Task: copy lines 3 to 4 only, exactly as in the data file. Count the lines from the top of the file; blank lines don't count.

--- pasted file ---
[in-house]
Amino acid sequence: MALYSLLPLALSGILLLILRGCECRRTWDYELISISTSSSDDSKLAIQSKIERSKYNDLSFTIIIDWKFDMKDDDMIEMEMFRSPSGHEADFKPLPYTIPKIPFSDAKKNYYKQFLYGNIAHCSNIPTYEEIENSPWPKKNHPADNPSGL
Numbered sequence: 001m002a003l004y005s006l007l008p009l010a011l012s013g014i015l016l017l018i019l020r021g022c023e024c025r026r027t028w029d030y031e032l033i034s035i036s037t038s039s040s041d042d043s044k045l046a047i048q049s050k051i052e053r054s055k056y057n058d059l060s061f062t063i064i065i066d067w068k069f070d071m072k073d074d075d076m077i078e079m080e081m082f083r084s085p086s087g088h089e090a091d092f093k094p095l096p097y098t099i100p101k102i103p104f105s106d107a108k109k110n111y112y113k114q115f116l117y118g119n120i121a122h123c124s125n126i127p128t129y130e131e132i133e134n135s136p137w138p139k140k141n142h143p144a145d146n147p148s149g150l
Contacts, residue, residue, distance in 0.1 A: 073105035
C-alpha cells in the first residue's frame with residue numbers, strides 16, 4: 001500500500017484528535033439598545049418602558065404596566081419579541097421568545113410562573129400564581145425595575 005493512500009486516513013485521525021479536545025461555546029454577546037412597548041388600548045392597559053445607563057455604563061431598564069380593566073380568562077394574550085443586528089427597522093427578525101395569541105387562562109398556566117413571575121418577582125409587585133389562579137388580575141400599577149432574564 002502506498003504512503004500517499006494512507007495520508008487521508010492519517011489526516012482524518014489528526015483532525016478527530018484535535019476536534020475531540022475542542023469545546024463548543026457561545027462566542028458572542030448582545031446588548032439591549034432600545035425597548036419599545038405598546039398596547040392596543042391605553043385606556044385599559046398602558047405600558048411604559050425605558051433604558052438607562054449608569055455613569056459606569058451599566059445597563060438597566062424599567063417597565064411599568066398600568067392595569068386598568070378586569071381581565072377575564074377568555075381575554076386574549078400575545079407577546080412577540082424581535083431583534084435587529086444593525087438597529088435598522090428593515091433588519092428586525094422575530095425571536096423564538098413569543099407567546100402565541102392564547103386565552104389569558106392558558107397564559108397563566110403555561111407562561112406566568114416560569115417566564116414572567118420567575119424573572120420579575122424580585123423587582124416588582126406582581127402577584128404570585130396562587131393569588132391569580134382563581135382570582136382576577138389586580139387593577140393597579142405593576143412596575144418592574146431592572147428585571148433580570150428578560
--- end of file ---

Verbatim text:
Numbered sequence: 001m002a003l004y005s006l007l008p009l010a011l012s013g014i015l016l017l018i019l020r021g022c023e024c025r026r027t028w029d030y031e032l033i034s035i036s037t038s039s040s041d042d043s044k045l046a047i048q049s050k051i052e053r054s055k056y057n058d059l060s061f062t063i064i065i066d067w068k069f070d071m072k073d074d075d076m077i078e079m080e081m082f083r084s085p086s087g088h089e090a091d092f093k094p095l096p097y098t099i100p101k102i103p104f105s106d107a108k109k110n111y112y113k114q115f116l117y118g119n120i121a122h123c124s125n126i127p128t129y130e131e132i133e134n135s136p137w138p139k140k141n142h143p144a145d146n147p148s149g150l
Contacts, residue, residue, distance in 0.1 A: 073105035